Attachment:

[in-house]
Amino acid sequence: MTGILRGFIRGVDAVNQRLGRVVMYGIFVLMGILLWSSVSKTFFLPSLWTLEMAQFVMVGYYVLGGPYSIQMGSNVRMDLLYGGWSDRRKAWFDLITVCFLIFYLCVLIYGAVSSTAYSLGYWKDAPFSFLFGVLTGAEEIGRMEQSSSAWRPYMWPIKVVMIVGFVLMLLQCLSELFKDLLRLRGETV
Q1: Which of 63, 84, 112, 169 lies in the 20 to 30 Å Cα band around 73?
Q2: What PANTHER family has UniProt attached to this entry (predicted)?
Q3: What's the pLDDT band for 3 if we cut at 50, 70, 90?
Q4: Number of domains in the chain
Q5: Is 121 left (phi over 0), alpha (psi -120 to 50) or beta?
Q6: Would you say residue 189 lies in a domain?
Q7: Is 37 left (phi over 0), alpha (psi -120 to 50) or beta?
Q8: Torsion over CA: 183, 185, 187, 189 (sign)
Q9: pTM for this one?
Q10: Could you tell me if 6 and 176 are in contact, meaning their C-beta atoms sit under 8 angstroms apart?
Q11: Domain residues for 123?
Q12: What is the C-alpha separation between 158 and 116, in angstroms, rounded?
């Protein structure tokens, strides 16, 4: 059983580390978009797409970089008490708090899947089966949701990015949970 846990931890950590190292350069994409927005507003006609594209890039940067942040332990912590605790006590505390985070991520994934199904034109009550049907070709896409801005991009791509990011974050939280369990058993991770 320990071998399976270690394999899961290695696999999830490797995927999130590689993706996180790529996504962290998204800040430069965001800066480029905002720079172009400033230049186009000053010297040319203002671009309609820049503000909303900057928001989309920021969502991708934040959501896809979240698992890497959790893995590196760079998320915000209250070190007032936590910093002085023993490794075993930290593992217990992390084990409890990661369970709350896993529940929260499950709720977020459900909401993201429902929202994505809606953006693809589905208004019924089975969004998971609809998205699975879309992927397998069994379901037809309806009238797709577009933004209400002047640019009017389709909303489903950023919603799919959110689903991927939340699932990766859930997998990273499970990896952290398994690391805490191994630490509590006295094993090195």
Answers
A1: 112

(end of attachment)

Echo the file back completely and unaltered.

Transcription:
[in-house]
Amino acid sequence: MTGILRGFIRGVDAVNQRLGRVVMYGIFVLMGILLWSSVSKTFFLPSLWTLEMAQFVMVGYYVLGGPYSIQMGSNVRMDLLYGGWSDRRKAWFDLITVCFLIFYLCVLIYGAVSSTAYSLGYWKDAPFSFLFGVLTGAEEIGRMEQSSSAWRPYMWPIKVVMIVGFVLMLLQCLSELFKDLLRLRGETV
Q1: Which of 63, 84, 112, 169 lies in the 20 to 30 Å Cα band around 73?
Q2: What PANTHER family has UniProt attached to this entry (predicted)?
Q3: What's the pLDDT band for 3 if we cut at 50, 70, 90?
Q4: Number of domains in the chain
Q5: Is 121 left (phi over 0), alpha (psi -120 to 50) or beta?
Q6: Would you say residue 189 lies in a domain?
Q7: Is 37 left (phi over 0), alpha (psi -120 to 50) or beta?
Q8: Torsion over CA: 183, 185, 187, 189 (sign)
Q9: pTM for this one?
Q10: Could you tell me if 6 and 176 are in contact, meaning their C-beta atoms sit under 8 angstroms apart?
Q11: Domain residues for 123?
Q12: What is the C-alpha separation between 158 and 116, in angstroms, rounded?
């Protein structure tokens, strides 16, 4: 059983580390978009797409970089008490708090899947089966949701990015949970 846990931890950590190292350069994409927005507003006609594209890039940067942040332990912590605790006590505390985070991520994934199904034109009550049907070709896409801005991009791509990011974050939280369990058993991770 320990071998399976270690394999899961290695696999999830490797995927999130590689993706996180790529996504962290998204800040430069965001800066480029905002720079172009400033230049186009000053010297040319203002671009309609820049503000909303900057928001989309920021969502991708934040959501896809979240698992890497959790893995590196760079998320915000209250070190007032936590910093002085023993490794075993930290593992217990992390084990409890990661369970709350896993529940929260499950709720977020459900909401993201429902929202994505809606953006693809589905208004019924089975969004998971609809998205699975879309992927397998069994379901037809309806009238797709577009933004209400002047640019009017389709909303489903950023919603799919959110689903991927939340699932990766859930997998990273499970990896952290398994690391805490191994630490509590006295094993090195």
Answers
A1: 112